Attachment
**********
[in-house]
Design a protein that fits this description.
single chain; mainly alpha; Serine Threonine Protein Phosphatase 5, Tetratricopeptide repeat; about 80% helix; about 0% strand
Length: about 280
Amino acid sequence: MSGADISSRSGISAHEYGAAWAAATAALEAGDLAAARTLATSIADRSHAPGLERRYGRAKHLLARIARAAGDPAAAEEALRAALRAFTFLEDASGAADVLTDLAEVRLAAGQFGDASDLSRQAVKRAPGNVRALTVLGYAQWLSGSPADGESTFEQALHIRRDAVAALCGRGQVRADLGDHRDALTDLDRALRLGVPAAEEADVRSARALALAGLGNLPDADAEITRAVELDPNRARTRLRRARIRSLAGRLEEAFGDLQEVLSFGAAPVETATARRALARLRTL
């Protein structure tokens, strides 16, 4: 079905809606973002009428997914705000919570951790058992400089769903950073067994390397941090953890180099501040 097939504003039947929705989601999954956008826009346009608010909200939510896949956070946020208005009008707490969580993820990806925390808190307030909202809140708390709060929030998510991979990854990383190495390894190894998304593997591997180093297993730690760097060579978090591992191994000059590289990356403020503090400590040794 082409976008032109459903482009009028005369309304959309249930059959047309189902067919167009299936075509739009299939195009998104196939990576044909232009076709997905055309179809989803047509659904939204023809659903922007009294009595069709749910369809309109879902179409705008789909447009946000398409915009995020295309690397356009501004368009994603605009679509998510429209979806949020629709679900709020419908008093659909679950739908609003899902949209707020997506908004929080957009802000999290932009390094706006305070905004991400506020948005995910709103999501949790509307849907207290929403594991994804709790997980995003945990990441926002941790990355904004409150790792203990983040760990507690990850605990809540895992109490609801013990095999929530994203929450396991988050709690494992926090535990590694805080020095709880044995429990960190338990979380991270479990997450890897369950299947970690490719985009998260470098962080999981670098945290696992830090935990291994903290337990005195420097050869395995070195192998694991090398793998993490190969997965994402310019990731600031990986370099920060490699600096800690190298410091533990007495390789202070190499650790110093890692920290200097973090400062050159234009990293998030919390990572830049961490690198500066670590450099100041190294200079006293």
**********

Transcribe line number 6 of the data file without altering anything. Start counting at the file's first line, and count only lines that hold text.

């Protein structure tokens, strides 16, 4: 079905809606973002009428997914705000919570951790058992400089769903950073067994390397941090953890180099501040 097939504003039947929705989601999954956008826009346009608010909200939510896949956070946020208005009008707490969580993820990806925390808190307030909202809140708390709060929030998510991979990854990383190495390894190894998304593997591997180093297993730690760097060579978090591992191994000059590289990356403020503090400590040794 082409976008032109459903482009009028005369309304959309249930059959047309189902067919167009299936075509739009299939195009998104196939990576044909232009076709997905055309179809989803047509659904939204023809659903922007009294009595069709749910369809309109879902179409705008789909447009946000398409915009995020295309690397356009501004368009994603605009679509998510429209979806949020629709679900709020419908008093659909679950739908609003899902949209707020997506908004929080957009802000999290932009390094706006305070905004991400506020948005995910709103999501949790509307849907207290929403594991994804709790997980995003945990990441926002941790990355904004409150790792203990983040760990507690990850605990809540895992109490609801013990095999929530994203929450396991988050709690494992926090535990590694805080020095709880044995429990960190338990979380991270479990997450890897369950299947970690490719985009998260470098962080999981670098945290696992830090935990291994903290337990005195420097050869395995070195192998694991090398793998993490190969997965994402310019990731600031990986370099920060490699600096800690190298410091533990007495390789202070190499650790110093890692920290200097973090400062050159234009990293998030919390990572830049961490690198500066670590450099100041190294200079006293």